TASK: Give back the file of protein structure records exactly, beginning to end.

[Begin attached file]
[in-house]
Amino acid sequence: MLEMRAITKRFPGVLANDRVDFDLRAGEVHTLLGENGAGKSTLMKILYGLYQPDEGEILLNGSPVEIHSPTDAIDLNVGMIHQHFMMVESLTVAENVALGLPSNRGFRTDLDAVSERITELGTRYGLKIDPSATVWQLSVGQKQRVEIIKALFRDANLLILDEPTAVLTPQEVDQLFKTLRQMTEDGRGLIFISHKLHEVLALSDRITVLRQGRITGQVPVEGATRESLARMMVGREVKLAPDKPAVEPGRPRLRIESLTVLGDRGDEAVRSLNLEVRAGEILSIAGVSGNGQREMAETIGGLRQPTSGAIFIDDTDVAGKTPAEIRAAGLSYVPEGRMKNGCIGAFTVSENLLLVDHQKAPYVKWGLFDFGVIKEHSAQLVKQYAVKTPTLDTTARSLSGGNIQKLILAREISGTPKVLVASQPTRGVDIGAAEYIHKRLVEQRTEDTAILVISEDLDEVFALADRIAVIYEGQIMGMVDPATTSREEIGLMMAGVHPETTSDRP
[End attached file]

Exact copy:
[in-house]
Amino acid sequence: MLEMRAITKRFPGVLANDRVDFDLRAGEVHTLLGENGAGKSTLMKILYGLYQPDEGEILLNGSPVEIHSPTDAIDLNVGMIHQHFMMVESLTVAENVALGLPSNRGFRTDLDAVSERITELGTRYGLKIDPSATVWQLSVGQKQRVEIIKALFRDANLLILDEPTAVLTPQEVDQLFKTLRQMTEDGRGLIFISHKLHEVLALSDRITVLRQGRITGQVPVEGATRESLARMMVGREVKLAPDKPAVEPGRPRLRIESLTVLGDRGDEAVRSLNLEVRAGEILSIAGVSGNGQREMAETIGGLRQPTSGAIFIDDTDVAGKTPAEIRAAGLSYVPEGRMKNGCIGAFTVSENLLLVDHQKAPYVKWGLFDFGVIKEHSAQLVKQYAVKTPTLDTTARSLSGGNIQKLILAREISGTPKVLVASQPTRGVDIGAAEYIHKRLVEQRTEDTAILVISEDLDEVFALADRIAVIYEGQIMGMVDPATTSREEIGLMMAGVHPETTSDRP